I went to the cinema on Sunday to watch Fruitvale Station. I wasn’t the only one who went by themselves. There’s some sort of taboo in doing things by yourself, it’s remarkable how much more you can do by yourself. You don’t have anyone to answer to, that day / outing is all about you. And others do it too. This weekend, there was myself, 3 couples and 5 others who were on their own. If the couples or groups judge you, you’ll never know it. You’re there to watch a movie, or eat a meal, enjoy an exhibition and so on. When I reached home, my cousin says she just doesn’t understand how I can go by myself. When you really think about it, watching a film isn’t a social experience, you’re not there to speak to anyone, you’re not there to interact at all.

you are not alone

When you do anything by yourself, the trick is to not care and enjoy yourself. The day is yours, this is your time, use it as you wish and let those naysayers carry on as they are. At the end of the day, it’s just you and a movie, what more could you possibly want? Here’s to you!


The secret of cinema.

The way we watch films has changed and it continues to change. Initially there was the multiplex, then the independent cinemas starting rising for independent film makers everywhere. Now there is something newer, something that many would have heard of and been to but also something that hasn’t reached it’s peak just yet. However, that day is coming. It’s the rise of the alternative screenings. For those of you utterly bewildered and confused by this concept, companies such as Film 4, Future Cinema and Beas of Bloomsbury all screening popular and cult films in either extraordinary places or by setting the scene of the film to give you the feel of authenticity. The film of being part of the action, being there when the drama unfolds, riding along in the cars during an over the top chase scene. There is also the chance to see recreations of scenes from the films, live performances from actors as well as singing and dancing, all part of the package from Secret Cinema and Future Cinema.

Bugsy Malone performance

The creation of these screenings has given all types of cinema goers the chance to watch some of their favourite films in different ways, the rise of everything interactive has caused a wave of these screenings popping up everywhere, some at a steep price but not all. Whilst Secret Cinema charges £35 for the pleasure of their company, you get your moneys worth not only having the film kept a secret until screening, but also having actors performing parts from the films, having the sets in front of you for you to admire and getting involved yourself. Please see the photo of the lovely gentleman below who was hoisted on stage in a ballerina’s outfit and danced around for several onlookers to enjoy!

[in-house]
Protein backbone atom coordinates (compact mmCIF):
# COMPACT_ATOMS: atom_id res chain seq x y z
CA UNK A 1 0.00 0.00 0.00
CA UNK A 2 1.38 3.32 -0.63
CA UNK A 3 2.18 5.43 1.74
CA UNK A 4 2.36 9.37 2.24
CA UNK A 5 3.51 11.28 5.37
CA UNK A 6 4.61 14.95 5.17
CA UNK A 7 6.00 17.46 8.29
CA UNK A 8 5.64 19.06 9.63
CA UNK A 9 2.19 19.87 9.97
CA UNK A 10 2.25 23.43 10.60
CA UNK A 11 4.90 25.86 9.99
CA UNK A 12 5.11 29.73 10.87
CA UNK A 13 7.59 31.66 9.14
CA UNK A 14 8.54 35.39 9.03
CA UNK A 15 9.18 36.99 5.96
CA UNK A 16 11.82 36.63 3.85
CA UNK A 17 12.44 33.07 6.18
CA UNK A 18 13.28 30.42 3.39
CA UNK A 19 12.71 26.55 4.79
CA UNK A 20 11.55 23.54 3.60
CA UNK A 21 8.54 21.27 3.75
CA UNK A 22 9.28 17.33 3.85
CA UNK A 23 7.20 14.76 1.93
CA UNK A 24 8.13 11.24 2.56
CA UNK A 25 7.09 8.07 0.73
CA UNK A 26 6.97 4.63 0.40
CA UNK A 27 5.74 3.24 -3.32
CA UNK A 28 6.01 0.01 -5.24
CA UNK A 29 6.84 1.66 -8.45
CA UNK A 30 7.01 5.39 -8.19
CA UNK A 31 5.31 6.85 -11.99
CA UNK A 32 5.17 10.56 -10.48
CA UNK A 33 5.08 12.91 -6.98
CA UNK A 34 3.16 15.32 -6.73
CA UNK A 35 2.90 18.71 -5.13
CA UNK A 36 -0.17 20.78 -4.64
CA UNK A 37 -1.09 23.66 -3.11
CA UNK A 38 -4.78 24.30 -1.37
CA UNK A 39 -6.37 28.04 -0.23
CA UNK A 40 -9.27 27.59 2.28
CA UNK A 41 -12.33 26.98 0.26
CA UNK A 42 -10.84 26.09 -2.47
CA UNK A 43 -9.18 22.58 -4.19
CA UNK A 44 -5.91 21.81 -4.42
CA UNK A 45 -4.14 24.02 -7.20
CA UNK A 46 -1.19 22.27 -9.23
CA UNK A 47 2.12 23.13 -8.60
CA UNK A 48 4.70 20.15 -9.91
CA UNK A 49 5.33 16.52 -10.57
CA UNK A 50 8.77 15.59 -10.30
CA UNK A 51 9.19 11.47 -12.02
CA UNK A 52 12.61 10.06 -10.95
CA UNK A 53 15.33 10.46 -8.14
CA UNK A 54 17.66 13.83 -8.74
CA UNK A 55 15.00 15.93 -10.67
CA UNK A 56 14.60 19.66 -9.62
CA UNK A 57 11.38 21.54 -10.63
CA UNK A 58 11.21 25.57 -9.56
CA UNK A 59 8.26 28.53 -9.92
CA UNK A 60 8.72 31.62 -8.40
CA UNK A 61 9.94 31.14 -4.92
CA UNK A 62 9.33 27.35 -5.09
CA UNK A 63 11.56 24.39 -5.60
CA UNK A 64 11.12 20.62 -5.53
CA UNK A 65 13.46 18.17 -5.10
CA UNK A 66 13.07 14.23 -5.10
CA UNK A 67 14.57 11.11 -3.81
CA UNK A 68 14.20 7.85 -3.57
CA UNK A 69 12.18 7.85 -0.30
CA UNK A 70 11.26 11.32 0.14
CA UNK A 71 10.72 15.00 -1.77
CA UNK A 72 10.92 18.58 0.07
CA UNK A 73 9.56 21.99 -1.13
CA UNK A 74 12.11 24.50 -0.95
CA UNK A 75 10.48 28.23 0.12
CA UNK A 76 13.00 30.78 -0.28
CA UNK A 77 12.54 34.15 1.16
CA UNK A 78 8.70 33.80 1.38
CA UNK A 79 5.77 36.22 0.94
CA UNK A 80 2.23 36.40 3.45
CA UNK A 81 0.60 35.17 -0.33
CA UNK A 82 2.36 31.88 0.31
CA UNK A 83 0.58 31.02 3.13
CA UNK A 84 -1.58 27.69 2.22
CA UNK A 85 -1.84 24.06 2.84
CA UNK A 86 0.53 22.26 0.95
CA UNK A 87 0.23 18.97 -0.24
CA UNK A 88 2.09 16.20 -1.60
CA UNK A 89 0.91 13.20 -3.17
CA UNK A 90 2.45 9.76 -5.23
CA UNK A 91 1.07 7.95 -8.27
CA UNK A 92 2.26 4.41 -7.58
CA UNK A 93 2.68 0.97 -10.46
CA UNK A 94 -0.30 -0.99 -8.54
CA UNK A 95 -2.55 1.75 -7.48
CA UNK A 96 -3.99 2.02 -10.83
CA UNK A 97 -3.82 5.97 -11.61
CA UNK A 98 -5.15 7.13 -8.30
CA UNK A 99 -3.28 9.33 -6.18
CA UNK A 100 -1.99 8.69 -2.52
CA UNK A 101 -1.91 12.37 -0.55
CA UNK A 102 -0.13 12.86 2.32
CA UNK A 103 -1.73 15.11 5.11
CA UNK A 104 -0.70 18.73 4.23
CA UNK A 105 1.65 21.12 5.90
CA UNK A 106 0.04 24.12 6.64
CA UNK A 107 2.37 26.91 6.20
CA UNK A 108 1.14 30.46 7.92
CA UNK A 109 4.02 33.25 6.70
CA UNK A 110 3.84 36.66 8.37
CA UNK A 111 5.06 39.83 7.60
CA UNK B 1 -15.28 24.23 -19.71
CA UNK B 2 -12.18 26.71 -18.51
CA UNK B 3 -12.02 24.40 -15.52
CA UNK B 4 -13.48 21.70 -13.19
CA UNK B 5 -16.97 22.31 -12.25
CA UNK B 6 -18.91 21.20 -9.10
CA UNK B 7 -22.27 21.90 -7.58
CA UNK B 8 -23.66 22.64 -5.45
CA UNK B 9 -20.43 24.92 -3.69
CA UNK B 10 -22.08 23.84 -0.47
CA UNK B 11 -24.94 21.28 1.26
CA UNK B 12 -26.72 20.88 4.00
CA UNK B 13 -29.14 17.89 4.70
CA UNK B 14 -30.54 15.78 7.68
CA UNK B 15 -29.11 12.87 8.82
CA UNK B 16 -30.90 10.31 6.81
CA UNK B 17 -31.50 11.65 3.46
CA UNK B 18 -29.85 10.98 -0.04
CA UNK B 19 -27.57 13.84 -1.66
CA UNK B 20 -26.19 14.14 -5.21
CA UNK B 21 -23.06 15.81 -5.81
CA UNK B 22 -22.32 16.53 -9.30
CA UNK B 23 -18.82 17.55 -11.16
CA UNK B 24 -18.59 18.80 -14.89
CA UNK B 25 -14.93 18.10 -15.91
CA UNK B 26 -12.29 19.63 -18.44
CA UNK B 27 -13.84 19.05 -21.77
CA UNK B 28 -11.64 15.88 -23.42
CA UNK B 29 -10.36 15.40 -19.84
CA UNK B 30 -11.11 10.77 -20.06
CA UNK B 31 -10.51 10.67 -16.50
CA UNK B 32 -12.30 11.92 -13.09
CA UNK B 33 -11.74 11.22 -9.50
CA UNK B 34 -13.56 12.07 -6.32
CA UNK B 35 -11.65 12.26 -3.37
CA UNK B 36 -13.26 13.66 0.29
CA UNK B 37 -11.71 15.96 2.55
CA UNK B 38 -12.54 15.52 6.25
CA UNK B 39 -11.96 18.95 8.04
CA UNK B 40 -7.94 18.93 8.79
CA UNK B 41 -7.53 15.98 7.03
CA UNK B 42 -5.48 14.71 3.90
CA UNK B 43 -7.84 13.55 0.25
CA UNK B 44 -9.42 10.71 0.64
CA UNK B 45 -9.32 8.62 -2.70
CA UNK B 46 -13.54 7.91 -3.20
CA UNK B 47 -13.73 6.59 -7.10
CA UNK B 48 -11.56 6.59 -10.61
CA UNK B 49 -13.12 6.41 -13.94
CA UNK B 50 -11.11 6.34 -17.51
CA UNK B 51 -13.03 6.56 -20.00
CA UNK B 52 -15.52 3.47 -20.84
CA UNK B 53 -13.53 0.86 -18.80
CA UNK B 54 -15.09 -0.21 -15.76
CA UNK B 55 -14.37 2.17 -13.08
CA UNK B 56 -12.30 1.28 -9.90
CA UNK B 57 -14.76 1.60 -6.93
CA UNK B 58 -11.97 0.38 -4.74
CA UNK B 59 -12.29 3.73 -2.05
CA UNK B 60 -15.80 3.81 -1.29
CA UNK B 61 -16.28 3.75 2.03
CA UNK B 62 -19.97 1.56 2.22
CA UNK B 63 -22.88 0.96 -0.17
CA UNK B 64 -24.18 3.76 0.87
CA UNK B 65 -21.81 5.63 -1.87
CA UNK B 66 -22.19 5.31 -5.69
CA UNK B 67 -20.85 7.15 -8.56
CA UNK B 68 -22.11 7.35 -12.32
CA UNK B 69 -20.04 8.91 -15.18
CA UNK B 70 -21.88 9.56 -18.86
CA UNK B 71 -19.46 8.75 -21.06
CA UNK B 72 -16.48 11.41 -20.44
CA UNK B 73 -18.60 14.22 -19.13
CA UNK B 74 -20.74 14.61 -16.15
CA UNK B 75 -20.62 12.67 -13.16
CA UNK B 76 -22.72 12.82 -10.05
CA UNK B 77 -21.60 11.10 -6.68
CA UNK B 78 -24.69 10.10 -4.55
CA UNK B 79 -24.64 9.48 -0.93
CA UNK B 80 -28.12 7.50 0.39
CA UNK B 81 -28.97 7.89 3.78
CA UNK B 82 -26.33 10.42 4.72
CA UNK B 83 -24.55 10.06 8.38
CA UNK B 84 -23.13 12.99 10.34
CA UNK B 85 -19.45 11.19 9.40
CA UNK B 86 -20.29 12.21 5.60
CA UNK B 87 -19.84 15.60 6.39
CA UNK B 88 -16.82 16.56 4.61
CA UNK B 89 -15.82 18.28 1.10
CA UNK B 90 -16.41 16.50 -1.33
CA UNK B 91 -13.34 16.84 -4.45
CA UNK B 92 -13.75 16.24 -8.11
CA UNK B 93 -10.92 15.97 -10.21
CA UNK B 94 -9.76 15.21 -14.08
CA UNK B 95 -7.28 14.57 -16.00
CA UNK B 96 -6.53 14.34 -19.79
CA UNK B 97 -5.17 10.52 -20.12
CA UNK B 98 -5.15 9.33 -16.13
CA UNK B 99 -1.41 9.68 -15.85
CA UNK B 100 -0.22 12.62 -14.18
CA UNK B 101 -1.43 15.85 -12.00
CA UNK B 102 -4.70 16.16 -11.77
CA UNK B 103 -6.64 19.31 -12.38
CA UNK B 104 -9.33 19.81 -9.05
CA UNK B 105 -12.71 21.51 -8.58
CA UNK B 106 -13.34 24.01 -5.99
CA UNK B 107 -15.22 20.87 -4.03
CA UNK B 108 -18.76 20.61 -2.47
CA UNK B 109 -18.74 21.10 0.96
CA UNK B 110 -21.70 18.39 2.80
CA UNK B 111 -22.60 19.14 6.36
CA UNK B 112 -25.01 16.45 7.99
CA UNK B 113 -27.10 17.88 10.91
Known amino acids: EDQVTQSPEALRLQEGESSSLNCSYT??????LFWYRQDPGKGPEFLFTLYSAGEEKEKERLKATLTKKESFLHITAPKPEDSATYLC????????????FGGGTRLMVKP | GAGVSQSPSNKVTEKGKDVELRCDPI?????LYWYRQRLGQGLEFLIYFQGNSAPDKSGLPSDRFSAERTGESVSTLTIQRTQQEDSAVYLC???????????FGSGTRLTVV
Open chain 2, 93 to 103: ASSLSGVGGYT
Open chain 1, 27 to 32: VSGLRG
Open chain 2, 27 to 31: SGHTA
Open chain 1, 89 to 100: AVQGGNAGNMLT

They aren’t all like that though. There is also something for the person just looking                                                                                          to enjoy a film in a different location, there is Beas of Bloomsbury which offers vintage films in their warehouse-esque setting for £5. You can purchase hot dogs, beers, wine, sweets, popcorn and all sorts to make the night a more enjoyable and fatty one! And let’s be honest, a fatty night is a good night! One similar to this is Film4 who do their own outdoor summer screenings which, assuming the weather holds out, is a fantastic joy. With summer night of London, the glow of a brilliant film such as Scarface in front of you and the just being outside to watch something is a great feeling. The screenings happen each summer for around 2 weeks and there  is always something you’ll want to see. A quote that depicts the feeling of these screenings is “Watching a movie under the stars in Somerset House’s beautiful courtyard on a balmy summer evening is a near-perfect LonA foamy Bugsy Malonedon experience” says Time Out.

Without a doubt, all three and several more outdoor and rooftop screenings are immense fun and offer you an alternative to the typical bar / club scene which London is so famous for. But for those of you who want a change, take a look at the links at the bottom and feel inspired!


Film 4 screenings at Somerset House

Beas of Bloomsbury

Secret Cinema

Rooftop Club

Time Out’s outdoor screenings